Gonzales Inquirer, Thursday,
August 22, 1895.
San Antonio Express.
El Paso, Tex., Aug. 19. - (Special)
Wesley Hardin, the noted Texas desperado, is no more. He was shot and instantly
killed to-night about 11:30 o'clock in the Acme saloon by Constable John Sellman.
Hardin threatened Sellman's life several times during the evening but on meeting,
Sellman was too quick for him.
who is very cool and deliberate, but at the same time very quick, has killed a
number of bad men and Hardin reckoned without his host when he ran up against
him. Hardin fell dead with his boots on before he could get a shot at Sellman.
Hardin, as he was familiarly known over Southwest Texas, was especially the most
noted of the living Texas desperadoes. Hardin's early career was spent in DeWitt
county, and he was a terror in that section in the '70s, or until he was sent
to the penitentiary.
was sentenced to fifteen years, but got a time allowance for good conduct, which
enabled him to secure his discharge eighteen months earlier than would have been
the case had he been compelled to serve out his full time.
during his incarceration concluded that upon his release he would take to the
practice of law, and so spent the latter part of the period of his confinement
in studying the intricacies of jurisprudence. He gave his attention principally
to the criminal law, in which he expected to figure with distinction.
spending some time in Cuero
and afterwards at Gonzales,
where he nearly got into trouble in the excitement of the county election last
year, he came to El
Paso about three months ago.
was the son of a Methodist preacher, and was born in Trinity county being 45 years
of age at the time of his death. He was sent to the penitentiary from Lampasas
county in 1876 for the killing of the sheriff of Comanche county, who was attempting
to arrest him.
He was released in 1894, and stood his last trial for murder in Cuero
in the same year. [According to The El Paso Times, the Cuero case was dismissed.]
appearance Hardin was as typical a Texas desperado of the earliest type as was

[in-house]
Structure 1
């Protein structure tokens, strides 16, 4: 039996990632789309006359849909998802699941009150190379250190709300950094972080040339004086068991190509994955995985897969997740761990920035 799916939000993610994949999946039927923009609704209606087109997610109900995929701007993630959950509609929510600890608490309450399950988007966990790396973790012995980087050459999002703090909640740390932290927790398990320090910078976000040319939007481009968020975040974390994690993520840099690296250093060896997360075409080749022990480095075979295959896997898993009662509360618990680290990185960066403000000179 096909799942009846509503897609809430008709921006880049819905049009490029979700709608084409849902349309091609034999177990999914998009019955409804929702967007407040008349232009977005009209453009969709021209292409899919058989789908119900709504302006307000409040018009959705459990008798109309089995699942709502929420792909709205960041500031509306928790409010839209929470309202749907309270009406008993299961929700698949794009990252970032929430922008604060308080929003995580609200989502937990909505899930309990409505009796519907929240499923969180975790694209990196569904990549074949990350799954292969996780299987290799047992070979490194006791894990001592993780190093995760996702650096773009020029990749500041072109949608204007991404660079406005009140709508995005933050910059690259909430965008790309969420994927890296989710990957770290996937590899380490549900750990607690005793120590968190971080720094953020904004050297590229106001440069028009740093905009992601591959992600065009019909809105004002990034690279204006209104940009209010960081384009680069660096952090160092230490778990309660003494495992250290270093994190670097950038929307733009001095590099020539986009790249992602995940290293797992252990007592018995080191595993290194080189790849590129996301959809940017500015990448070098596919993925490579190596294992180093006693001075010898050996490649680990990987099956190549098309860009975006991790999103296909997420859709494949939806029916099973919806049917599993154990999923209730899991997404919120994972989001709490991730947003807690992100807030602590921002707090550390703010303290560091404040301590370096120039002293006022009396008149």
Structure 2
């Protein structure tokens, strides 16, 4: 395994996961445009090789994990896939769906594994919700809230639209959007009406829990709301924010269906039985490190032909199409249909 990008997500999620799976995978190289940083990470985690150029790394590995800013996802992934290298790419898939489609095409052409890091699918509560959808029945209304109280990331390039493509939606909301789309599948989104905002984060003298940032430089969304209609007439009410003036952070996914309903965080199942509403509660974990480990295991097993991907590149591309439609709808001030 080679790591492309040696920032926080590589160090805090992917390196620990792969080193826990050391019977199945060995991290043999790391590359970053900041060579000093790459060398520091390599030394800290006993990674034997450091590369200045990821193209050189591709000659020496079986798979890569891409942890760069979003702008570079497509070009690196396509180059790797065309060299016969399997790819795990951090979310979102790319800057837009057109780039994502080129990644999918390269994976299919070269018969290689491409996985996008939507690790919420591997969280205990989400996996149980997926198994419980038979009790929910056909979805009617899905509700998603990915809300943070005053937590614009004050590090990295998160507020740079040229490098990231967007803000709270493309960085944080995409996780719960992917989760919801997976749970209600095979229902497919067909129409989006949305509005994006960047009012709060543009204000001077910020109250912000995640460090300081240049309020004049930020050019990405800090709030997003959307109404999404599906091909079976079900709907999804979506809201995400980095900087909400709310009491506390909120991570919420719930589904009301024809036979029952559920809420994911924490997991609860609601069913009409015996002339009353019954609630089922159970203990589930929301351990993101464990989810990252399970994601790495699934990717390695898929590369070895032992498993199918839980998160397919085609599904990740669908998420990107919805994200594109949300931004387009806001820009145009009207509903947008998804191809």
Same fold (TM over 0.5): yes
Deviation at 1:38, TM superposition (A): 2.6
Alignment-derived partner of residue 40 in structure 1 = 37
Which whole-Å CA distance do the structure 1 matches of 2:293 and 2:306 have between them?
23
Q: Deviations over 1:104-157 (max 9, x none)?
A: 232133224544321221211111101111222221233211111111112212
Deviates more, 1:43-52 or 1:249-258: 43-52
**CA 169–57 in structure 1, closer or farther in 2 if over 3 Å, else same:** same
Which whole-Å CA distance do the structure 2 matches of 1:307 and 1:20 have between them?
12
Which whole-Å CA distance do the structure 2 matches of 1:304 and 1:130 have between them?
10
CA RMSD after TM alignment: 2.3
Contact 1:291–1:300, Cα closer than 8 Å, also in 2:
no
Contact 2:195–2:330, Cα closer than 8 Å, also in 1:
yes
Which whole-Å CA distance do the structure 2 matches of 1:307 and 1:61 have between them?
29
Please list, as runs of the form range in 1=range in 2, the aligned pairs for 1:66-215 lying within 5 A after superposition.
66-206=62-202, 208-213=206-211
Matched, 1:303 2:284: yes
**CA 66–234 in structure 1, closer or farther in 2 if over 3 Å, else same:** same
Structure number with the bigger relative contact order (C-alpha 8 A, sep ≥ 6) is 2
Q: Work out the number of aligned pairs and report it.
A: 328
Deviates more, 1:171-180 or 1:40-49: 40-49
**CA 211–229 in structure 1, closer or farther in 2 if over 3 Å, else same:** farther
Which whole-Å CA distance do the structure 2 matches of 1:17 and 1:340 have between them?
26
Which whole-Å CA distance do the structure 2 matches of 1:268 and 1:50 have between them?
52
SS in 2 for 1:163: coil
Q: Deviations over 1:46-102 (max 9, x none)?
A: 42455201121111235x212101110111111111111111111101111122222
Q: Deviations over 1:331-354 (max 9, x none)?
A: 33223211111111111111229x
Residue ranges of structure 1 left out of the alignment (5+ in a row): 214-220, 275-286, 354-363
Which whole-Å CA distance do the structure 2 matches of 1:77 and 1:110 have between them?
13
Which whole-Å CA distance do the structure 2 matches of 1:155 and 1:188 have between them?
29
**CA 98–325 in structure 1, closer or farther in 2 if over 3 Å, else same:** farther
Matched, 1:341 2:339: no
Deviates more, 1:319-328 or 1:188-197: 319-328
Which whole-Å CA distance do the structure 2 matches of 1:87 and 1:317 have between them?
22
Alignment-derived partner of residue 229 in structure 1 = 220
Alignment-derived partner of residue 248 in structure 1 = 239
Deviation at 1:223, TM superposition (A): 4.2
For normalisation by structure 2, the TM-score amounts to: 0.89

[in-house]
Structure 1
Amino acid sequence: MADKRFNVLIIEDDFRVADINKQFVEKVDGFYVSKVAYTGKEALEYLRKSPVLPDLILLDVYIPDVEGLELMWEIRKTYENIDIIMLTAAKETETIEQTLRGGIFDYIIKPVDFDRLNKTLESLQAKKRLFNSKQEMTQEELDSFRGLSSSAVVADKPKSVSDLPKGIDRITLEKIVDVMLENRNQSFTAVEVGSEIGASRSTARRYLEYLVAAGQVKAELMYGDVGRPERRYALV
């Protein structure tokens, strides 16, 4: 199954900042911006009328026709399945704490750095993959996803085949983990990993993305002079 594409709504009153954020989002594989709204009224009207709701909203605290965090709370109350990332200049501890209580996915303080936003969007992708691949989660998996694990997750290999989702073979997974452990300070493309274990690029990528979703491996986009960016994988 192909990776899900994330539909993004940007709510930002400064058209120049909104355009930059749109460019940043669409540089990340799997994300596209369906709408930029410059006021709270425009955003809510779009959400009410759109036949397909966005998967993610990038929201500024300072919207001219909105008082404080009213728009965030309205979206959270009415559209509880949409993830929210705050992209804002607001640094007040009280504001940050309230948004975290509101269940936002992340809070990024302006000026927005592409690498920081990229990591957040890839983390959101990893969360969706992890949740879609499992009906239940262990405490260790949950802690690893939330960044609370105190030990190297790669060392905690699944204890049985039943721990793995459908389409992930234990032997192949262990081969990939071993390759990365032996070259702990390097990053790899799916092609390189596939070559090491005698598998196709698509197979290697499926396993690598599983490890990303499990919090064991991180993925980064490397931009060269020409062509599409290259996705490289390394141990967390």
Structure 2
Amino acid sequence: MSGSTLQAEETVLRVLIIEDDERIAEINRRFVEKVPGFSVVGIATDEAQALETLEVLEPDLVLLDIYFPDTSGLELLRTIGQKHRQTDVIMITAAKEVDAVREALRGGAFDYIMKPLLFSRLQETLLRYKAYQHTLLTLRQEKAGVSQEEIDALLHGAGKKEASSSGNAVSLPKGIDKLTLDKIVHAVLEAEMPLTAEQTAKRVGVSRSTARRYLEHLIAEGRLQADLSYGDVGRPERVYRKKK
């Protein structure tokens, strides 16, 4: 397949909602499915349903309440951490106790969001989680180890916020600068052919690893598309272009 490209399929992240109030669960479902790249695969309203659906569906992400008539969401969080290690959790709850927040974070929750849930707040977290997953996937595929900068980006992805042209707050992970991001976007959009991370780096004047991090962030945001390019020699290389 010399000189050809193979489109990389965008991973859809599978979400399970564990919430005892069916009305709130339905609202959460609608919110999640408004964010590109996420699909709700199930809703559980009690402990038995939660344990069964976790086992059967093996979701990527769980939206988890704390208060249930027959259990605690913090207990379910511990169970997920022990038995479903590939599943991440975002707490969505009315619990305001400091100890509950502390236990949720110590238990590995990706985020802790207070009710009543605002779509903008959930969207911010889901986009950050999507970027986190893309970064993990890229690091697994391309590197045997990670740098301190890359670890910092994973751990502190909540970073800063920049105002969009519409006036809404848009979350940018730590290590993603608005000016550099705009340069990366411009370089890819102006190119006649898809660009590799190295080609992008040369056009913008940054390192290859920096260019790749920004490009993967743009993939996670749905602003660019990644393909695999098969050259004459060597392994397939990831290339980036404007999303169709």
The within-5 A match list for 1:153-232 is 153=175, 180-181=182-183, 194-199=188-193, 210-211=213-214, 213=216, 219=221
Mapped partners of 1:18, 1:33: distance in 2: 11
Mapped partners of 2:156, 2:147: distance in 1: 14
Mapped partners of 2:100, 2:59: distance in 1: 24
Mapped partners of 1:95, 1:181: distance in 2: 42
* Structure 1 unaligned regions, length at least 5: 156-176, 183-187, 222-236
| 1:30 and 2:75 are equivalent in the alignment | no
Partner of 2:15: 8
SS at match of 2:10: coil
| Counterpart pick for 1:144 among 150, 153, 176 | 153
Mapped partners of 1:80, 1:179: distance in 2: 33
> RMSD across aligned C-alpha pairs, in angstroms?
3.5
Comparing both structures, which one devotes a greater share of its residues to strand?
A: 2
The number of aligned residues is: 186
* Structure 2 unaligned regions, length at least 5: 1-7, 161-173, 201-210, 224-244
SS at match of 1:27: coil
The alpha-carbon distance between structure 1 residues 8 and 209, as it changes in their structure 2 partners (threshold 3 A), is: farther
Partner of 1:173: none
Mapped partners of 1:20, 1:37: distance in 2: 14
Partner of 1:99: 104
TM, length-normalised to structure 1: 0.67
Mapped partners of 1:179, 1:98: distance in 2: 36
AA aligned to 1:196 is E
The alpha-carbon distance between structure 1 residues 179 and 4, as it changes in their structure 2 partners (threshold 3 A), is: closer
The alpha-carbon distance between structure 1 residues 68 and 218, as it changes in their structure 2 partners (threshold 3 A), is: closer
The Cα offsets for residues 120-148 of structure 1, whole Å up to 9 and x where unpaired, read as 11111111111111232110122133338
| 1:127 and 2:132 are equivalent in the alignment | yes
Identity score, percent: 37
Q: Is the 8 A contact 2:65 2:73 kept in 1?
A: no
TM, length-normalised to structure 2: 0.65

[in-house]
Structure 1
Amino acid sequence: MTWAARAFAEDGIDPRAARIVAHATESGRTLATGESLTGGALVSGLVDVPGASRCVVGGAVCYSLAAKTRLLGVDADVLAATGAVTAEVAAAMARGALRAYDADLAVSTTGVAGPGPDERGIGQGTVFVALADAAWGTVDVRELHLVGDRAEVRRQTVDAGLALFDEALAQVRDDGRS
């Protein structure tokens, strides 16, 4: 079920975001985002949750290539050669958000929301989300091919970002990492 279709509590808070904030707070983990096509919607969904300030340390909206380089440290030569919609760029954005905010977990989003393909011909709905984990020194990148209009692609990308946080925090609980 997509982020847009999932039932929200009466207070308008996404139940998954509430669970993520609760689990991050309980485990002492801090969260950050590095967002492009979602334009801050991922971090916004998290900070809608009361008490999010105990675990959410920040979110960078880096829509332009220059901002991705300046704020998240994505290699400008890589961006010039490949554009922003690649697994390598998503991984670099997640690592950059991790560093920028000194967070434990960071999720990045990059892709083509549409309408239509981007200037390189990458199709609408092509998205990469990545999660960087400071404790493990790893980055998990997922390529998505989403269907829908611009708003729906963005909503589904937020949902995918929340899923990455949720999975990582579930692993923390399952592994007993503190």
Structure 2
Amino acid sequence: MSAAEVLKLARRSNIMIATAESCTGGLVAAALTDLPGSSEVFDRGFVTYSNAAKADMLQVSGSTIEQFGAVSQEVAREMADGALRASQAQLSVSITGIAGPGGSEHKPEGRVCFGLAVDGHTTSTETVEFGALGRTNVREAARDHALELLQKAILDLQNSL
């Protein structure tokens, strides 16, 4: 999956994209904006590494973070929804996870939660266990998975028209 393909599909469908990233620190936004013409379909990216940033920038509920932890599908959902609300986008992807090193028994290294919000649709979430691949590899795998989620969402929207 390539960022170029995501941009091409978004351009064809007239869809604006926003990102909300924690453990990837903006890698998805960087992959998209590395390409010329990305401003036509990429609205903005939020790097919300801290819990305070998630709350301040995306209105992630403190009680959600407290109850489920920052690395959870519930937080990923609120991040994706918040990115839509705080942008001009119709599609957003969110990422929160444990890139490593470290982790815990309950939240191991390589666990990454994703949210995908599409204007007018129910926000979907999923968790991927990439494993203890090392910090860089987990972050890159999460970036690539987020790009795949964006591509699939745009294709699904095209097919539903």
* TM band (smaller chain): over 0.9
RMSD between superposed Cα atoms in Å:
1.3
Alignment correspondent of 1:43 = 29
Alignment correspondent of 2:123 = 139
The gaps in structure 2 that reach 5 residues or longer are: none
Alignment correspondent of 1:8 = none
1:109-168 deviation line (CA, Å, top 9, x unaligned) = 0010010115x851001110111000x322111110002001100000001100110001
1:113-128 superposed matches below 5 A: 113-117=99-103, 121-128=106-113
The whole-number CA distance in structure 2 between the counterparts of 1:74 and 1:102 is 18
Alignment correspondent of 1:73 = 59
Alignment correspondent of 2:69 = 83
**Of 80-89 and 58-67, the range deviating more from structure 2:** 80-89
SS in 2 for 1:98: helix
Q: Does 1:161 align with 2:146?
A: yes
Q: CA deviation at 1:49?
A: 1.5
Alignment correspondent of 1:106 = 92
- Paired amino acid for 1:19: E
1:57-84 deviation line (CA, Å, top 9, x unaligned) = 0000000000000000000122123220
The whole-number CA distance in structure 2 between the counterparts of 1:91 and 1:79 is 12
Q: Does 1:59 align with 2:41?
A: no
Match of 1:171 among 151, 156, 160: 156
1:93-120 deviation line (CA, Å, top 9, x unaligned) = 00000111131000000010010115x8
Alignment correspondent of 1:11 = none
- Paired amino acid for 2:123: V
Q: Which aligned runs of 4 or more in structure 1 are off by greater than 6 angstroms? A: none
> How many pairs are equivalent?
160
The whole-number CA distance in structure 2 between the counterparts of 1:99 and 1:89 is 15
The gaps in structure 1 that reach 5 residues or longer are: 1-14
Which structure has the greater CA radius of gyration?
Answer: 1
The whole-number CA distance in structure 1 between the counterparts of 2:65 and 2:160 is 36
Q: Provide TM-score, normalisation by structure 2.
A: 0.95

ever portrayed in a dime novel. He was of medium weight, nearly six feet tall,
straight as an arrow and dark complexioned, with an eye as keen as a hawk.
an expert shot he was the peer of either King Fisher or Ben Thompson in their
palmiest days. He could shoot as quickly and aim as straight as either of them.
It was almost sure death for anyone who was in front of his gun when Hardin drew
scalps are said to have dangled from his belt and it is likely that the number
of human lives that he has taken will exceed that number.
The trouble which resulted in his death last night was brought on by his telling
Constable Sellman, in the Acme saloon, he did not like his (Sellman's) son, who
was one of the party of officers who had arrested him, a few nights before. One
word brought on another and it ended by his telling Sellman to get out in the
middle of the street and he would come soon and he would come "smoking."
waited for him several hours but he did not come out. Then Sellman went into the
saloon with a friend and, stepping up to the bar near Hardin they both watched
one another through the mirror in front. After Sellman had taken his drink he
says Hardin reached for his gun and he pulled his own and turned loose. The first
shot crashed through Hardin's brain and killed him instantly. He received two
more shots while falling to the floor. He had a gun in each hip pocket, but he
did not get a chance to pull either. Thus ended the career of the man who has
for several months been feared by the public in general.
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